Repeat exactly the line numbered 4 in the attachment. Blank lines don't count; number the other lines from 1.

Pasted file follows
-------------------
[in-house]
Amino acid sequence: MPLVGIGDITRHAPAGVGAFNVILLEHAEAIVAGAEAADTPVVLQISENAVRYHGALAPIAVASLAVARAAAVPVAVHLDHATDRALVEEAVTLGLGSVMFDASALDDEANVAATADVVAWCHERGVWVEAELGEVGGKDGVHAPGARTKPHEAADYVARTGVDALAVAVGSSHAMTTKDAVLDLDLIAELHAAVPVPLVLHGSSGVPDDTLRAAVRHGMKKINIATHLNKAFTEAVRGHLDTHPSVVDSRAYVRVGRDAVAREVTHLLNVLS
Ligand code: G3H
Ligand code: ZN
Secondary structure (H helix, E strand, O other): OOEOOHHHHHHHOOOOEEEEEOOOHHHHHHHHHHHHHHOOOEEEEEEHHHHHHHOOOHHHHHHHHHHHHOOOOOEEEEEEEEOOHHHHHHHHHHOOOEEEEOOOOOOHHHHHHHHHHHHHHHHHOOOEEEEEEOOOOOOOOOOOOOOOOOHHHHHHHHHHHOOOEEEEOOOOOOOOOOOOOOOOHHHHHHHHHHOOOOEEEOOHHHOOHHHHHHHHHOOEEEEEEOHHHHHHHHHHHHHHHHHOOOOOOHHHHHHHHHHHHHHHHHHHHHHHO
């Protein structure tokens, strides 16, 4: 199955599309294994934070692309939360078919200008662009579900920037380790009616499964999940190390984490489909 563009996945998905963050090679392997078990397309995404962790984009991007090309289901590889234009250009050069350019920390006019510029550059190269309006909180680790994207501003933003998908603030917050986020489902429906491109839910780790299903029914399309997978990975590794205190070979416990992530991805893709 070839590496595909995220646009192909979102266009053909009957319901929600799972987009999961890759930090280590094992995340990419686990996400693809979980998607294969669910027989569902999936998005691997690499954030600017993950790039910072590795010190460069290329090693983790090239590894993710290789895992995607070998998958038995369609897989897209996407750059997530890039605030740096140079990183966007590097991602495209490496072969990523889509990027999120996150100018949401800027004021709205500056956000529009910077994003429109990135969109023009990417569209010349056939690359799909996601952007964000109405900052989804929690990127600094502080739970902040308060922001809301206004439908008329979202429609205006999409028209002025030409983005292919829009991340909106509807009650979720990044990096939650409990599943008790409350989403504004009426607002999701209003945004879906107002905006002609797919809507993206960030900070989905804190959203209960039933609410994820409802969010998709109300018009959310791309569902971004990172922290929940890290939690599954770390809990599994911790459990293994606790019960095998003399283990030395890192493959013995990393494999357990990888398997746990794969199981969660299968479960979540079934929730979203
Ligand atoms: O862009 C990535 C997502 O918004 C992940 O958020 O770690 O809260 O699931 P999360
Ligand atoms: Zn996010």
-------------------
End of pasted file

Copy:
Ligand code: ZN